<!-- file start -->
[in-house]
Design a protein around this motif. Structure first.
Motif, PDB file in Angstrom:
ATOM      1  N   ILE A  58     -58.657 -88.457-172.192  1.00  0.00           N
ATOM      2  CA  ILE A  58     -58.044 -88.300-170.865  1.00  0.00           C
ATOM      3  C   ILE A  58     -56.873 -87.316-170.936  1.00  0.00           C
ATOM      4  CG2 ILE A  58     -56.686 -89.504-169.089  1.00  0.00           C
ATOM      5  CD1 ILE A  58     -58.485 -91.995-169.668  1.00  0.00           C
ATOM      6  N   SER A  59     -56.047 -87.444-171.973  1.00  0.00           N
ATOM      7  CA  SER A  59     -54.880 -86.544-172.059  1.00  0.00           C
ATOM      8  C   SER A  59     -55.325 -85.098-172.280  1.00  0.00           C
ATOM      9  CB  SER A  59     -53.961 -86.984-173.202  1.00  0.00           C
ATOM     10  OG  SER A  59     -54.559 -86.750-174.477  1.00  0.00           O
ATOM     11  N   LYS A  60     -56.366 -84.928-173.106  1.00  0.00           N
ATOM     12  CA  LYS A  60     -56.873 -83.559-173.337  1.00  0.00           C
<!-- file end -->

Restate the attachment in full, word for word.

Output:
[in-house]
Design a protein around this motif. Structure first.
Motif, PDB file in Angstrom:
ATOM      1  N   ILE A  58     -58.657 -88.457-172.192  1.00  0.00           N
ATOM      2  CA  ILE A  58     -58.044 -88.300-170.865  1.00  0.00           C
ATOM      3  C   ILE A  58     -56.873 -87.316-170.936  1.00  0.00           C
ATOM      4  CG2 ILE A  58     -56.686 -89.504-169.089  1.00  0.00           C
ATOM      5  CD1 ILE A  58     -58.485 -91.995-169.668  1.00  0.00           C
ATOM      6  N   SER A  59     -56.047 -87.444-171.973  1.00  0.00           N
ATOM      7  CA  SER A  59     -54.880 -86.544-172.059  1.00  0.00           C
ATOM      8  C   SER A  59     -55.325 -85.098-172.280  1.00  0.00           C
ATOM      9  CB  SER A  59     -53.961 -86.984-173.202  1.00  0.00           C
ATOM     10  OG  SER A  59     -54.559 -86.750-174.477  1.00  0.00           O
ATOM     11  N   LYS A  60     -56.366 -84.928-173.106  1.00  0.00           N
ATOM     12  CA  LYS A  60     -56.873 -83.559-173.337  1.00  0.00           C